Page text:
The characters and overall plot line of Sleeping Beauties will be familiar to most Stephen King readers. While he hasn’t explored a world without women before, he has made a career of looking at small towns facing extreme circumstances and using those small towns to stand in for society as a whole. In some ways, this novel reminded me of Under the Dome, both in how isolated or confined the setting felt and in the way that the community quickly splintered and divided.
As the news is filled with reports of women in Asia and Australia falling asleep, developing odd spiderweb-like growths on their faces and not waking up, Dooling is dealing with its own shocking situation – a double homicide at the local meth dealer’s trailer. Seemingly unrelated, it quickly becomes obvious that the perpetrator of these killings is somehow related to the sleeping sickness that is soon dubbed Aurora after the Disney princess. Eve Black is the only woman that appears to be able to fall asleep and wake back up, and as the rest of the world goes crazy, her fate in a West Virginia women’s prison becomes crucial to the future of the world.
While this novel is co-written by Stephen King and his son, Owen King, the usual prototypes of King characters quickly make their appearances – the prosaically evil sexist guy at the prison, the generally good guy with some baggage in his past, and a large cast of supporting characters. While I enjoyed the set up part of the novel most, there was a slight overabundance of character introductions at the beginning, especially at the women’s prison. Overall, I would say King is a bit more critical of his protagonists than he has been in previous novels but there is still a clear distinction between the good guys and the bad guys.
As the women fall asleep, they find themselves in together in a dream space. Meanwhile, the physical world around them falls into chaos. Some of the reactions the Kings describe feel very realistic, especially in this day of fake news and fake science, where false information can spread quickly. And human hysteria and herd mentality is not exactly a new phenomenon. Similarly, King makes people that normally consider themselves the good guys question their past behavior. Is not participating in bullying enough to be considered a good person, or does it require actual action/speaking up? This part is very topical, and no one, especially no man, comes away from this story guilt free. All have sinned in some form or another in their treatment of women or their tolerance of the treatment of others. Men quickly casually refer to the cocoons as “bitch bags” and other actions show a certain casual sexism that lives in the average men of this novel.
While there is an obvious villain, he is more of a minor character that is able to take advantage of events but he is never trusted with leadership and is looked down by the rest of the people on his side. Instead, it is Frank Geary who plays the role of the antagonist to Clint. Frank as the average every man has redeeming qualities, he loves animals and gets angry when people mistreat dogs and other innocent animals (one usual way King likes to demonstrate who is evil in his books is to show them mistreating dogs, so I liked that he played that trope a bit by using a guy that is nice to animals to present a man that could go either way) but his anger and temper are uncontrollable and out of proportion to events. His anger scares his ex-wife and while he justifies his motivations as coming from a place of love, he also scares his daughter.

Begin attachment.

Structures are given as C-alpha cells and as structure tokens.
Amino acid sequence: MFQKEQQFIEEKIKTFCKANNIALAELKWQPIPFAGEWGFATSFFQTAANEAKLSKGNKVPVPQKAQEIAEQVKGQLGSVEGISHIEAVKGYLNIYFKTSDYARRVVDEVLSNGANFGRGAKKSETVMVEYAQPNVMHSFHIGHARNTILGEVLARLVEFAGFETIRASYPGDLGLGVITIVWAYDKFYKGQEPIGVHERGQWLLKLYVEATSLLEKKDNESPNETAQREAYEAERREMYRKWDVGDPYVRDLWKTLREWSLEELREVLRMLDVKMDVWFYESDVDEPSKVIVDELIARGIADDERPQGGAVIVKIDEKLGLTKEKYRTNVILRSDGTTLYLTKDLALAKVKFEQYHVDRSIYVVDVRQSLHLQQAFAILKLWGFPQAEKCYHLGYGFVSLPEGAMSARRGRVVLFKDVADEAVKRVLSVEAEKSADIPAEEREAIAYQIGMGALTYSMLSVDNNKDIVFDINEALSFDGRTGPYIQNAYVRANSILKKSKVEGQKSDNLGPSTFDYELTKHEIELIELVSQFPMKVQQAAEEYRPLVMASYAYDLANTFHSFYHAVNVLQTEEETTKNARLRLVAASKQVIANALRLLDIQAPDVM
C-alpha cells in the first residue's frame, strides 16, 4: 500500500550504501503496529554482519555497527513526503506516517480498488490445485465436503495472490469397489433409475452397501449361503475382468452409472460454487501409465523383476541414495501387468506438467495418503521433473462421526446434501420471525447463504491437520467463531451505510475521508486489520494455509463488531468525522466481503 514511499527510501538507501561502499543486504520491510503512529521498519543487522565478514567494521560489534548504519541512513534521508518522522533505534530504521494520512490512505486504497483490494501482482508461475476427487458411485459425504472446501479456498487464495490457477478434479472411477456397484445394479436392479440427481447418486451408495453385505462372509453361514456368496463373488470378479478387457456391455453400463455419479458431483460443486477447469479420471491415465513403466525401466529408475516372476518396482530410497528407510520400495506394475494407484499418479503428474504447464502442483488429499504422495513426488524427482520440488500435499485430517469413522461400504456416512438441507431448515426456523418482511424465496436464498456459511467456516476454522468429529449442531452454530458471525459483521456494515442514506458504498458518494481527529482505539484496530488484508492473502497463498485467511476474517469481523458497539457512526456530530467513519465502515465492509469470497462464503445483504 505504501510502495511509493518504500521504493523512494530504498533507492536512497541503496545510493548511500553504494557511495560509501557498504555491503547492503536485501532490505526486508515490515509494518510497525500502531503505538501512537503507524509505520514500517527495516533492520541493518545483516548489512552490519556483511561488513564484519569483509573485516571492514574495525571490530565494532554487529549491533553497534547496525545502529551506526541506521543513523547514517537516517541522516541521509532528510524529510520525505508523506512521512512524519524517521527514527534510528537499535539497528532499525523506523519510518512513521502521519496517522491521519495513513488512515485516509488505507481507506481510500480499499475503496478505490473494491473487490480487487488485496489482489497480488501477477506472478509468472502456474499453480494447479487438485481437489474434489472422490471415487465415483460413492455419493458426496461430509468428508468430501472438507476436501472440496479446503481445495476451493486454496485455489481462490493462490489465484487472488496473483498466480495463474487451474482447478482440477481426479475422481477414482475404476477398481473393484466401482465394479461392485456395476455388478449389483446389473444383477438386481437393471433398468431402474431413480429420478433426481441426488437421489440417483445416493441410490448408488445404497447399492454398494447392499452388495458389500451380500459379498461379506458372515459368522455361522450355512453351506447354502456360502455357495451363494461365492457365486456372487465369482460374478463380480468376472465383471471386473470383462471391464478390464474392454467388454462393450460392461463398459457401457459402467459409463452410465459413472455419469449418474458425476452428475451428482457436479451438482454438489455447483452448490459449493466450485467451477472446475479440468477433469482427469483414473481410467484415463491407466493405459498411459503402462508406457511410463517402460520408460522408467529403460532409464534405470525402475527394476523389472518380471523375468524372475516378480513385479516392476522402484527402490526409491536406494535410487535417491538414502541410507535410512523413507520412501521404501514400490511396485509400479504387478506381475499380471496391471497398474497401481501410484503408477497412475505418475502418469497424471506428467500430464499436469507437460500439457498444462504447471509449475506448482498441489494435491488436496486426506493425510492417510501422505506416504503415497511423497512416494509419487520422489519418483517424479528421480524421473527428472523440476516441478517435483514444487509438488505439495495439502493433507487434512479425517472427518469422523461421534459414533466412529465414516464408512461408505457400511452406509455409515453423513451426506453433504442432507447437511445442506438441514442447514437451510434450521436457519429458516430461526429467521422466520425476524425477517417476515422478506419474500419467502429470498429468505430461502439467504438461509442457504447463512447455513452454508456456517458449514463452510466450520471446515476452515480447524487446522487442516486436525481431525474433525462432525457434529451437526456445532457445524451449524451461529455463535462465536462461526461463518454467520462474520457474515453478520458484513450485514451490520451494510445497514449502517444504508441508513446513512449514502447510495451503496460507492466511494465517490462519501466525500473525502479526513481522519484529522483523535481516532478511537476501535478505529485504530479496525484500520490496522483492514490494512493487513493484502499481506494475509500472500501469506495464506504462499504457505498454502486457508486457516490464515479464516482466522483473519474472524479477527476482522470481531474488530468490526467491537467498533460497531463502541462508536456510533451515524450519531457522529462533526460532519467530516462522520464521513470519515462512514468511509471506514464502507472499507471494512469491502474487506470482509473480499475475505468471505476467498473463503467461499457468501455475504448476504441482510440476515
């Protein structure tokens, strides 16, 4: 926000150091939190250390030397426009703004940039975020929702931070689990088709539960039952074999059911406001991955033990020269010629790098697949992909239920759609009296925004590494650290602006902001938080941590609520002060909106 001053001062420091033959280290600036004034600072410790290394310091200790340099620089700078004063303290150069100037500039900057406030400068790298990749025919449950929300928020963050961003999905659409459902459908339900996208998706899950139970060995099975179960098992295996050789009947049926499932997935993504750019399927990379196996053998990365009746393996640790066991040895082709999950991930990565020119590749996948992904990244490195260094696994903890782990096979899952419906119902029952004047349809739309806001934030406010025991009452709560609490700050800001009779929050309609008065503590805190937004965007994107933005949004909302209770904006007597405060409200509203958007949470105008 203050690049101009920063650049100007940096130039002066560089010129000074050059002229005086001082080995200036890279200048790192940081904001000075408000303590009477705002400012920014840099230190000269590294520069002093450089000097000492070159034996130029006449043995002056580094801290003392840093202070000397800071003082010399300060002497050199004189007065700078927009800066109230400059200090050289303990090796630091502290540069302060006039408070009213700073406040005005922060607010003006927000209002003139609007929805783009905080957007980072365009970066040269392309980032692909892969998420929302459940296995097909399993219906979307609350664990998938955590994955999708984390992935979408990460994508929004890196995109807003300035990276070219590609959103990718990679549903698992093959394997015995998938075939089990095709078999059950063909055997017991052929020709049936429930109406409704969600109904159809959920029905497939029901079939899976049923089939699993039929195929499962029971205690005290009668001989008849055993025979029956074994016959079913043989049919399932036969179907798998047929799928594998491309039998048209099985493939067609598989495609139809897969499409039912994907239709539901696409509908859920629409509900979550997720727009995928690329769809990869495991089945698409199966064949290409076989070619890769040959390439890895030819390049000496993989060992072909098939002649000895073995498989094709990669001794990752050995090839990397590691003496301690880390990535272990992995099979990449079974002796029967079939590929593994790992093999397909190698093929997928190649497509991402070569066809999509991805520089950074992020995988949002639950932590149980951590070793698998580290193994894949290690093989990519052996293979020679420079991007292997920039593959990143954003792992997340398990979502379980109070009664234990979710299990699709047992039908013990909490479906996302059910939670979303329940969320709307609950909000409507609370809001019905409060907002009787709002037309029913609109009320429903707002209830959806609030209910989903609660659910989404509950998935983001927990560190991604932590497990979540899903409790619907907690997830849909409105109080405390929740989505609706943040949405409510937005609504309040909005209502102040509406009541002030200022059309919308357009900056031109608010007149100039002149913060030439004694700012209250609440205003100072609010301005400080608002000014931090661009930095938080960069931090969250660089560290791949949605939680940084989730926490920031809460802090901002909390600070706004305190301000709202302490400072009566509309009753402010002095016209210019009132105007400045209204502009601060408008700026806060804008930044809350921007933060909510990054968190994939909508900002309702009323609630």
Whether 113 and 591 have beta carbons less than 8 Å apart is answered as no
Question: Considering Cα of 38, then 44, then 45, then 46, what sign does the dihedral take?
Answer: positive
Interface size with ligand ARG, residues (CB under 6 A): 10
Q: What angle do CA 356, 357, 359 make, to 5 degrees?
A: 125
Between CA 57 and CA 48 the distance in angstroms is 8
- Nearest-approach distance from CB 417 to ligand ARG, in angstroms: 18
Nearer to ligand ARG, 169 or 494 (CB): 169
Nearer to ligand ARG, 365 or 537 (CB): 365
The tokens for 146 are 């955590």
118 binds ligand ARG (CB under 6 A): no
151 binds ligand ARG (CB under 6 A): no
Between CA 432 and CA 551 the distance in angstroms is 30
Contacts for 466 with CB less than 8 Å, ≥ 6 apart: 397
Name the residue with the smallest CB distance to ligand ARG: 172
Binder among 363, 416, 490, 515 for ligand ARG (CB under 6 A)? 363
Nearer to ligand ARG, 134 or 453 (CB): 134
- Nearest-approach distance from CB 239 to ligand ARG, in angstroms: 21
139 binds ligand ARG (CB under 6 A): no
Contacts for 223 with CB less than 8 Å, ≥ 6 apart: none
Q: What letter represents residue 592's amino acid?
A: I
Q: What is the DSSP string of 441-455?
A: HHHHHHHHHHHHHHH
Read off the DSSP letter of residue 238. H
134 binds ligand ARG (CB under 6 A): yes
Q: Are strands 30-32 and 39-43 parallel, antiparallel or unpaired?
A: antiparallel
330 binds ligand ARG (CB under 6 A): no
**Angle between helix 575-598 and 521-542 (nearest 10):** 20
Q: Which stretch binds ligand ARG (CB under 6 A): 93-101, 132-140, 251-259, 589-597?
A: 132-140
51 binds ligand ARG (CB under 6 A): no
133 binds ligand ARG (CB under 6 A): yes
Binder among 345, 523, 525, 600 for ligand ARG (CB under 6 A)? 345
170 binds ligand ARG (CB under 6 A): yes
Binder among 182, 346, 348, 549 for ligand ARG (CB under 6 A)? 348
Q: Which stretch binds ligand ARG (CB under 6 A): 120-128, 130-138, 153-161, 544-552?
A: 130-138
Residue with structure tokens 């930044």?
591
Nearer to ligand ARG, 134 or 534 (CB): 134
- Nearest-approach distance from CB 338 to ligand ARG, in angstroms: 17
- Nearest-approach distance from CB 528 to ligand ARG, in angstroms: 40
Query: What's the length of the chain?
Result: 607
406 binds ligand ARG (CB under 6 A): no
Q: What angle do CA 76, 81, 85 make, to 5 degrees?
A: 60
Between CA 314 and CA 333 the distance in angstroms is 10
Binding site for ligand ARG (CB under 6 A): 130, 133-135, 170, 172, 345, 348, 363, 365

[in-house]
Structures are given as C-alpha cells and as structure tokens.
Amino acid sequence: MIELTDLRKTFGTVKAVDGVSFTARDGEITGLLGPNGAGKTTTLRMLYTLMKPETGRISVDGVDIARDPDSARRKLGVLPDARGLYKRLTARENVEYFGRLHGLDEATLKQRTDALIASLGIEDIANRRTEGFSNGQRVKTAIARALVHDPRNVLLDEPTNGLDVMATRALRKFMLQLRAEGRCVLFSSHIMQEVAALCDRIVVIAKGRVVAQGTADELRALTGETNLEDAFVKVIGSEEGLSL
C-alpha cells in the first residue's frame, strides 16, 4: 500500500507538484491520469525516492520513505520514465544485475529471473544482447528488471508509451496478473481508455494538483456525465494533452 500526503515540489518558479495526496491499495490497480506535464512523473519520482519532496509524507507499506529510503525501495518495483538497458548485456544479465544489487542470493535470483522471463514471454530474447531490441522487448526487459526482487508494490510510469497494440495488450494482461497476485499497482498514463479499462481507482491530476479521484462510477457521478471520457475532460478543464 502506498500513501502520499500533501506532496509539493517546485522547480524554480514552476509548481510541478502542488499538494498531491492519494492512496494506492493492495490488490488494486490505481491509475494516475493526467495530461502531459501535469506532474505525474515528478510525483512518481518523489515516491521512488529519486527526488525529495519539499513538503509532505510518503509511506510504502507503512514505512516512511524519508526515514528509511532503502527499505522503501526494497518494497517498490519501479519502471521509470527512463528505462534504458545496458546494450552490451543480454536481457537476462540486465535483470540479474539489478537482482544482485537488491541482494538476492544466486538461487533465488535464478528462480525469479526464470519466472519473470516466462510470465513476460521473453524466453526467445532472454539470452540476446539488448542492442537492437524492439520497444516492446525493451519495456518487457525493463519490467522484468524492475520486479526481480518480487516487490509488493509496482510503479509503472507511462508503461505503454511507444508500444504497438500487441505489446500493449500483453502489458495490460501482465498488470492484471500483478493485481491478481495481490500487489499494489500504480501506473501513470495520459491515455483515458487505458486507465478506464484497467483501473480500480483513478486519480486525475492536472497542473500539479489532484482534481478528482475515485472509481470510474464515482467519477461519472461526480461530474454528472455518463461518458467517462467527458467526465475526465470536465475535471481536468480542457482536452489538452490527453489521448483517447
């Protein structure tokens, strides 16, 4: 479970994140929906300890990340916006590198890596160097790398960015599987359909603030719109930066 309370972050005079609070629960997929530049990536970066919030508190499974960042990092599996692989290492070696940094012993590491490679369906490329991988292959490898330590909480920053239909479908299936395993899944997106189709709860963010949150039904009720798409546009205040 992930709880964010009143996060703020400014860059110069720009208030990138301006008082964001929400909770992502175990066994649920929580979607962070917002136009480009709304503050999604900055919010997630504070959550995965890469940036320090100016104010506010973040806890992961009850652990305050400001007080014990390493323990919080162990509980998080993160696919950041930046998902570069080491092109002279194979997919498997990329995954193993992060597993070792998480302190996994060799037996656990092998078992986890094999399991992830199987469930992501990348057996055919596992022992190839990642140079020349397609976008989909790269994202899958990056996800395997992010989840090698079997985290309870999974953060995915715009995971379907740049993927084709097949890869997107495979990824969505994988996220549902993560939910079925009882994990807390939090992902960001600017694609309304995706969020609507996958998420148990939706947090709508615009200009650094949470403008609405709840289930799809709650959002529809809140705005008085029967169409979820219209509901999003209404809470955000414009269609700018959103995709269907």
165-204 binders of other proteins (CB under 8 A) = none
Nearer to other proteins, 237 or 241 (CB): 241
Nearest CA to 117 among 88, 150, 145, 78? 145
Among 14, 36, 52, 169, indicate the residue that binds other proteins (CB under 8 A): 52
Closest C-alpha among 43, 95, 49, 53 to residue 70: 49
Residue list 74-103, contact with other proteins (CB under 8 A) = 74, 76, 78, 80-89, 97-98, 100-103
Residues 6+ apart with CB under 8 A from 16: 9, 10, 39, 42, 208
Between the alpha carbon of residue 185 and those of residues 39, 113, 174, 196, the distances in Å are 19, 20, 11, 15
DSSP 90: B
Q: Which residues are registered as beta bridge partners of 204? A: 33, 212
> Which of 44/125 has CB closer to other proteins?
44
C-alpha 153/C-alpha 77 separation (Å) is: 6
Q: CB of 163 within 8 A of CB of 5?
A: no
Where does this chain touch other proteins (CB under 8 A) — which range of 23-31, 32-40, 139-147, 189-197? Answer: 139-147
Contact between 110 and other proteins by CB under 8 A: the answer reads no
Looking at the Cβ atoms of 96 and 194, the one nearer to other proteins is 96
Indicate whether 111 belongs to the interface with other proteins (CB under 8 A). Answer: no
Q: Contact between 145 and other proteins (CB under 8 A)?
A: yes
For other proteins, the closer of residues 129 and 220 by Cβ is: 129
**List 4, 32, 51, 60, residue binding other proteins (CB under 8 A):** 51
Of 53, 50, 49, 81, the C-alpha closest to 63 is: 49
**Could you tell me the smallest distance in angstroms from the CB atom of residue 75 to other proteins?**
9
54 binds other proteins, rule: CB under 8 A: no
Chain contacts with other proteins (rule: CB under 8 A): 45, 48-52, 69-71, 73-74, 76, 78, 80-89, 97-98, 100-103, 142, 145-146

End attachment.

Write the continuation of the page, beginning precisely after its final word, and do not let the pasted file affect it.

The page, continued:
While the novel doesn’t try to portray women as all good opposed to all evil men, I also wonder how this could have played out if King had chosen to coauthor this story with a woman rather than his son. They don’t portray the women’s dream space as idyllic but it was still optimistic. Since it was two men trying to talk about the evils of men, they may have gone farther in their portrayal of the mostly good women than necessary. I enjoyed that they pointed out the many small ways in which even supportive and feminist men can disregard the women in their lives. I am sure this may have even involved some self reflection since King’s portrayals of women have on occasion been a bit simplistic or problematic, though he obviously tries to be an ally.
My other issue as with most King novels came with the ending, or near the ending. While Dooling is a small town, the climatic scene ends up boiling down to the decisions of a few dozen men, and ends in what I felt was a rather over the top way. While I enjoyed the set up and many of the ideas behind it, the way it played out felt forced rather than a natural lead up (of course, there is at least one character manipulating the actions so that may justify the escalation but I wasn’t entirely convinced that this is where the plot needed to go). However, I appreciated that the novel didn’t end abruptly, and King took some time to talk about the aftermath of the events. Overall, it was an enjoyable story – far from King’s best, far from his worst, and it was a rather fitting novel for the current times.